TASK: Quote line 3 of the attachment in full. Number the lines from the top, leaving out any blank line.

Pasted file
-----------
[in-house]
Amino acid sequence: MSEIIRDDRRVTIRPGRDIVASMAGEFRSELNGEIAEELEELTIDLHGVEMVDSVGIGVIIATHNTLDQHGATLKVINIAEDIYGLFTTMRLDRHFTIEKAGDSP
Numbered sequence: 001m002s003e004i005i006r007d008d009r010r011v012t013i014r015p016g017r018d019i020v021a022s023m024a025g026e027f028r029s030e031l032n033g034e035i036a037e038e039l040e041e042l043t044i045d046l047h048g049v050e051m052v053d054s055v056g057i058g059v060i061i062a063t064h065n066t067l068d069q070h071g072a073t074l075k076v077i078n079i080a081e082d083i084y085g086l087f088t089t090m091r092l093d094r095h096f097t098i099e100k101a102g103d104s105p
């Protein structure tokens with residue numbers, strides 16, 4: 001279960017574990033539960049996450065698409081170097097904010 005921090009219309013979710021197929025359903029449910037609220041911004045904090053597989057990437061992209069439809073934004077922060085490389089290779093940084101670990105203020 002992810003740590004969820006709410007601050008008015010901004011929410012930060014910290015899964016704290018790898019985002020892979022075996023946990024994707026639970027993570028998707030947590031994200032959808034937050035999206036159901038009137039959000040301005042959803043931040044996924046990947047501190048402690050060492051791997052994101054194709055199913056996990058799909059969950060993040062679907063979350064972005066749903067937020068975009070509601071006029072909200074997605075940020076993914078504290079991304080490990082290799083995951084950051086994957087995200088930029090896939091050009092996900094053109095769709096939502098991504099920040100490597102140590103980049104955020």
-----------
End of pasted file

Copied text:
Numbered sequence: 001m002s003e004i005i006r007d008d009r010r011v012t013i014r015p016g017r018d019i020v021a022s023m024a025g026e027f028r029s030e031l032n033g034e035i036a037e038e039l040e041e042l043t044i045d046l047h048g049v050e051m052v053d054s055v056g057i058g059v060i061i062a063t064h065n066t067l068d069q070h071g072a073t074l075k076v077i078n079i080a081e082d083i084y085g086l087f088t089t090m091r092l093d094r095h096f097t098i099e100k101a102g103d104s105p